Theresa May today unveiled plans to plough extra money into the NHS with a ‘long term plan’ to address budget shortfalls.
The Prime Minister used an appearance in front of the Commons Liaison Committee to announce the Government accepted it could no longer top up the health service budget each winter.
Mrs May insisted she was personally committed to the NHS and relied on it every day because of her diabetes.
NHS England chief executive Simon Stevens welcomed the announcement tonight as ‘very welcome, timely and significant’.
Theresa May (pictured today at the Commons Liaison committee) unveiled plans to plough extra money into the NHS with a ‘long term plan’ to address budget shortfalls
The Prime Minister used an appearance in front of the Commons Liaison Committee (pictured) to announce the Government accepted it could no longer top up the health service budget each winter
Mrs May gave no figures for any increase in spending but her pledge comes after it emerged Health Secretary Jeremy Hunt was pressing for a 10-year NHS plan.
Mrs May said the increased funding would be unveiled before the long-awaited spending review across Whitehall – admitting the NHS could not wait another year.
Mrs May said the Government needed to get away from annual top-ups of the health service budget.
She said: ‘Funding isn’t the only answer. I think there are some other important elements we need to look at.’
The PM said there needed to be accountability for ‘every pound that is spent’.
‘There is another element, which is about looking at how we can all take more responsibility for our health so that the pressures on the NHS are reduced.’
Mrs May said there are ‘serious cost and demand pressures’ on the health service as she appeared before the Commons Liaison Committee.
Mrs May said she hopes ‘no-one doubts my personal commitment’ to the NHS.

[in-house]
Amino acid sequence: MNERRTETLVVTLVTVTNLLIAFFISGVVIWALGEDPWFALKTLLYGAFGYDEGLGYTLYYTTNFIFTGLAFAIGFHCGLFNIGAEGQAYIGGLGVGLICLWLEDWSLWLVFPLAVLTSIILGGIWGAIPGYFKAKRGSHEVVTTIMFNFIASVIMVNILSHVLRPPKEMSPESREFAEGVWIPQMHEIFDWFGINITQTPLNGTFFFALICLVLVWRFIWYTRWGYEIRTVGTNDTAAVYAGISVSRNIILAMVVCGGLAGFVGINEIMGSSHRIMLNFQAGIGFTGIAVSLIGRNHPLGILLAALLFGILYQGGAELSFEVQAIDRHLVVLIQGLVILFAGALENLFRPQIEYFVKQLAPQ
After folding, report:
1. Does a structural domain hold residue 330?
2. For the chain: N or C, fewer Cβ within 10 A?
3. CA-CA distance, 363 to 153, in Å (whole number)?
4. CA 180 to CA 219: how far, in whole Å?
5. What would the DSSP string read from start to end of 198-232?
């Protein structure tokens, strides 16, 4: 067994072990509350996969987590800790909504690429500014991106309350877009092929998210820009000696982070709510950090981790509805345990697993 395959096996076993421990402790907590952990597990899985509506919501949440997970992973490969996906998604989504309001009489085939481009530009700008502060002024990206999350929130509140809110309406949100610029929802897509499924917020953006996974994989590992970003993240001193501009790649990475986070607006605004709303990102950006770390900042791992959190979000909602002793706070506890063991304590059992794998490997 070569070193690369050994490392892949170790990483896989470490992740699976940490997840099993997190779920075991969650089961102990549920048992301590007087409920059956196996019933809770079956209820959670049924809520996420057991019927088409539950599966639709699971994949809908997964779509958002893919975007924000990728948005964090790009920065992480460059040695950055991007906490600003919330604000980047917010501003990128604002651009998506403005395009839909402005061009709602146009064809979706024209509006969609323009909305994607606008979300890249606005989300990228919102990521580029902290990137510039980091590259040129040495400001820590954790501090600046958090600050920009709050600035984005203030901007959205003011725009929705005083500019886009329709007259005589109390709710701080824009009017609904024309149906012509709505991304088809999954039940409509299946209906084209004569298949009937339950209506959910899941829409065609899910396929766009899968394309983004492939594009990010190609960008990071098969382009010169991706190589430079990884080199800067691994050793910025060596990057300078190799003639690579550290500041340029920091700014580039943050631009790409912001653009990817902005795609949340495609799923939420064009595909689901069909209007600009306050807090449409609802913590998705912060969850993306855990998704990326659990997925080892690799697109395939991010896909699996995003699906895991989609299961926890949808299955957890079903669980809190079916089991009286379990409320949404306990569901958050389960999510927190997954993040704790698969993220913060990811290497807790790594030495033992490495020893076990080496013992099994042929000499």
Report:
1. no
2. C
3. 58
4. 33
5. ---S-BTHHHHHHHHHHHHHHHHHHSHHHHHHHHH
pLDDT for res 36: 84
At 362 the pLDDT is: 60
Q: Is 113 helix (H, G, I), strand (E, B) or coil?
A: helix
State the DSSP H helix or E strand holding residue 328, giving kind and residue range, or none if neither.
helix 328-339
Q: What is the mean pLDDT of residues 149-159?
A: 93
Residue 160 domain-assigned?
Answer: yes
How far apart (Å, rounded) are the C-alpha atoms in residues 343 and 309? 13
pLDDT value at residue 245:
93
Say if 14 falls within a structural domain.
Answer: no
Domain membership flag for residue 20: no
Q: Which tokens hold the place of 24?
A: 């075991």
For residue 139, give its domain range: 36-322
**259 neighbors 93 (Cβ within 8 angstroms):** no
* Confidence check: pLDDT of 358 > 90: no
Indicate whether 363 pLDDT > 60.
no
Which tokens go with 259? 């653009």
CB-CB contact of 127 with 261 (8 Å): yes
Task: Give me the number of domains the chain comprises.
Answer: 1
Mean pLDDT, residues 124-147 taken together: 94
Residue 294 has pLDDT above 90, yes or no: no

‘I rely on the NHS every day as a diabetic,’ she added. ‘I’m eternally grateful to the NHS.’
NHS England chief executive Simon Stevens (file image) welcomed the announcement tonight as ‘very welcome, timely and significant’
Mr Stevens said: “The Prime Minister’s announcement of a funded long term plan for the NHS this year is very welcome, timely and significant.
“The NHS celebrates seven decades of service this July, at a time of great pressure on frontline staff and great promise for improved care.
‘So now is absolutely the right time to recommit to all that’s best about our NHS, while also accelerating and capitalising on the huge promise of medical advance for the decade ahead.
“Charting a multi-year path for modern efficient and sensibly funded health and social care, could mean huge gains for cancer patients, mental health services and support for frail older people, as well as the several million nurses, doctors and other care staff who devote their lives to looking after us.”
The Health and Social Care Secretary said on Sunday it was premature to speculate that a £4 billion-a-year boost will be announced, amid reports the Government could back a ring-fenced tax rise to generate funds.
But he said a long-term deal would allow proper planning to train the staff needed to cope with the challenges of Britain’s ageing population.
Almost 100 MPs have written to the Prime Minister urging her to set up a Parliamentary Commission on the long-term funding.
This would establish whether to raise taxes and, specifically, if there should be a ring-fenced levy for health and social care.
Mrs May gave no figures for any increase in spending but her pledge comes after it emerged Health Secretary Jeremy Hunt (file image) was pressing for a 10-year NHS plan
On Sunday Mr Hunt said tax increases were the only way to provide extra cash for such services.
Mr Hunt told ITV’s Peston on Sunday: ‘We are a taxpayer-funded system so in the end if we are going to get more resources… it will have to come through the tax system.
‘If you ask the public…they are very clear they would like to see more money going to the NHS and they would be prepared to see some of their taxes going into the NHS.’
However, he was clear the service would also need to tackle inefficiencies. Last week Mr Hunt warned that elderly patients were being treated like ‘tasks’ on a to-do list in the failing social care system.